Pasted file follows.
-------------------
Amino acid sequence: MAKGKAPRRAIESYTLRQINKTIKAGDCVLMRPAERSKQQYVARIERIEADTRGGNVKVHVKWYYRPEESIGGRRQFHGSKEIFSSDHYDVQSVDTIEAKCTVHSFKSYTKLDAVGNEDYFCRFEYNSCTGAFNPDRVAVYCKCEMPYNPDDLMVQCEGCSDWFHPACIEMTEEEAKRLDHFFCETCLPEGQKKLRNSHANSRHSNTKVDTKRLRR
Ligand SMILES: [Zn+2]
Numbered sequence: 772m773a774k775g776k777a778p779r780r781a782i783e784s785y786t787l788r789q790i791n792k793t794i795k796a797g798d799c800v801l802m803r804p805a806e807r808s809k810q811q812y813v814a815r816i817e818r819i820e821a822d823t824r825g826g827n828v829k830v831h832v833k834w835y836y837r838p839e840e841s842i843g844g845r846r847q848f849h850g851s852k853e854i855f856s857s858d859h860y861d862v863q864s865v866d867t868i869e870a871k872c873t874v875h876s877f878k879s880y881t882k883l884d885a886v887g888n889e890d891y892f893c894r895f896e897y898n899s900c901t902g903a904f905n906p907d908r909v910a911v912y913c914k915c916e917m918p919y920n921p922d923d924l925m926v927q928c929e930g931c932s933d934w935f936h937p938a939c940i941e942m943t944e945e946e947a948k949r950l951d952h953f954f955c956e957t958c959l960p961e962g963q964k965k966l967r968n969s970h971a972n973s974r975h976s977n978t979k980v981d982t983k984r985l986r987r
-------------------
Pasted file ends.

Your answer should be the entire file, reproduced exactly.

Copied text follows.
Amino acid sequence: MAKGKAPRRAIESYTLRQINKTIKAGDCVLMRPAERSKQQYVARIERIEADTRGGNVKVHVKWYYRPEESIGGRRQFHGSKEIFSSDHYDVQSVDTIEAKCTVHSFKSYTKLDAVGNEDYFCRFEYNSCTGAFNPDRVAVYCKCEMPYNPDDLMVQCEGCSDWFHPACIEMTEEEAKRLDHFFCETCLPEGQKKLRNSHANSRHSNTKVDTKRLRR
Ligand SMILES: [Zn+2]
Numbered sequence: 772m773a774k775g776k777a778p779r780r781a782i783e784s785y786t787l788r789q790i791n792k793t794i795k796a797g798d799c800v801l802m803r804p805a806e807r808s809k810q811q812y813v814a815r816i817e818r819i820e821a822d823t824r825g826g827n828v829k830v831h832v833k834w835y836y837r838p839e840e841s842i843g844g845r846r847q848f849h850g851s852k853e854i855f856s857s858d859h860y861d862v863q864s865v866d867t868i869e870a871k872c873t874v875h876s877f878k879s880y881t882k883l884d885a886v887g888n889e890d891y892f893c894r895f896e897y898n899s900c901t902g903a904f905n906p907d908r909v910a911v912y913c914k915c916e917m918p919y920n921p922d923d924l925m926v927q928c929e930g931c932s933d934w935f936h937p938a939c940i941e942m943t944e945e946e947a948k949r950l951d952h953f954f955c956e957t958c959l960p961e962g963q964k965k966l967r968n969s970h971a972n973s974r975h976s977n978t979k980v981d982t983k984r985l986r987r